USDA has future plans to consider whether Salmonella in chicken should be dealt with

This story by Coral Beach first appeared on Food Safety News and is reposted here with permission

The USDA is beginning to consider whether or not to consider if Salmonella in poultry should be considered a problem.

The department’s Food Safety and Inspection Service (FSIS) today announced that it is “considering a regulatory framework” for a new strategy that would allow the agency to consider controlling Salmonella in poultry products. The goal, if things move forward, is to reduce human illnesses.

Every year at least 135,000 people are sickened by Salmonella, according to the Centers for Disease Control and Prevention. Of those illnesses, one-fourth are caused by the pathogen in chicken.

The potential framework described in the FSIS announcement has three prongs and an open ended time schedule.

Some who have been fighting for Salmonella to be declared an adulterant in poultry — making it illegal to sell chicken contaminated with it knowingly or unknowingly — are feeling lukewarm about the potential framework.

Bill Marler, a Seattle food safety attorney who three years ago filed a petition on behalf of several individuals and three consumer groups seeking to have Salmonella declared an adulterant, said the FSIS announcement reminded him of a 19970s TV commercial: “Where’s the beef?”

He said the proposal for a framework to consider studying the situation “dances around” the problem. He is concerned that the proposed framework is not bold enough. He is, however, glad to see some movement, any movement.

“This is the first public-facing document I’ve seen in more than 30 years that FSIS has put out there showing that they understand there is a problem,” Marler said.

Consumer Reports, one of the groups named in the petition filed by Marler, is also pleased at this first step by FSIS. The group said the announcement  “is an encouraging sign that the agency is stepping up its efforts to protect the public.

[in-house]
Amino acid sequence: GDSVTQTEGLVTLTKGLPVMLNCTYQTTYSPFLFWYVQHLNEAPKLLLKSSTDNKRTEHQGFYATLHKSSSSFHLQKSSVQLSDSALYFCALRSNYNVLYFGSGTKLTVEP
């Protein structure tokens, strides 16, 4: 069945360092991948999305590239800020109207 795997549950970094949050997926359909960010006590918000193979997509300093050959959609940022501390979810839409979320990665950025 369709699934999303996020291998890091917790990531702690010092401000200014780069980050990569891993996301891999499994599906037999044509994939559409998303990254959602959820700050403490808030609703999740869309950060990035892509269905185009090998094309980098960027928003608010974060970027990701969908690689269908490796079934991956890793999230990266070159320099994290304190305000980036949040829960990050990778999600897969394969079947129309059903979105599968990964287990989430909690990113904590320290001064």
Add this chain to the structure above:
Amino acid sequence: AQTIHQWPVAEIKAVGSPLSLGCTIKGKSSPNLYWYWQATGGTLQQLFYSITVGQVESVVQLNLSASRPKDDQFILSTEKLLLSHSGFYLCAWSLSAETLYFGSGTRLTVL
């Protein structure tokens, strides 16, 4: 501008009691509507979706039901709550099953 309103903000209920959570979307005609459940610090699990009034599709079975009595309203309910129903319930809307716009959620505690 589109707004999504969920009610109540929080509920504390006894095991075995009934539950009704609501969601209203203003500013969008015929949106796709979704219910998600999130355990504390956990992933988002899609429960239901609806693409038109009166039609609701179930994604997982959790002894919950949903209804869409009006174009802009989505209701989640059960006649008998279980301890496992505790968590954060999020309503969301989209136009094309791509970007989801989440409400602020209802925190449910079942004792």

Salmonella contamination is all too common in poultry and poses a potentially deadly risk to consumers,” said Brian Ronholm, director of food policy at Consumer Reports. “It’s critical for the USDA to work expeditiously to adopt aggressive goals to sharply reduce Salmonella contamination and focus its efforts on reducing the strains that pose the biggest threat to human health.”

The citizen’s petition asked FSIS to declare 32 strains of Salmonella to be considered an adulterant. The FSIS is considering whether to review three of those strains.

Salmonella contamination is widespread in chicken in part because of the often crowded and filthy conditions in which they are raised, according to Consumer Reports. A recent CR investigation, for example, found almost one-third of ground chicken samples tested contained Salmonella

Consumer reports said the numbers are alarming and that the framework needs to go further.

“While the USDA currently requires producers to test poultry for Salmonella, a processing facility is allowed to have the bacteria in up to 9.8 percent of all whole birds it tests, 15.4 percent of all parts, and 25 percent of ground chicken. Producers that exceed these amounts are given what amounts to a warning, but not prevented from selling the meat,” according to the Consumer Reports statement.

By the FSIS’s own admission the number of illnesses caused by Salmonella in poultry has remained stagnant for decades. This is in the context that industry has reduced the amount of Salmonella found in poultry by 50 percent. Marler explained that anomaly in terms of a swimming pool.

“If you have a pool and you drain out half of the water you still have half a pool of water,” he said.

The water in the pool represents the amount of Salmonella in the chicken. There’s just too much of it left, even with the 50 percent of it gone, that makes people sick. That shows how much Salmonella is in chicken — too big of a bacterial load, as scientists say.

With the proposed FSIS framework the number of human illnesses caused by Salmonella in poultry would be decreased by 25 percent, meaning three out of four people who are sickened would still get sick. That is not acceptable in Marler’s opinion. 

The Center for Science in the Public Interest (CSPI) is pleased to see the attention to Salmonella in poultry but is cautiously optimistic.

“While the proposed framework represents a welcome shift in thinking by the agency, many important details are yet to be worked out, and the need for these changes is urgent,” CSPI said in a statement this morning.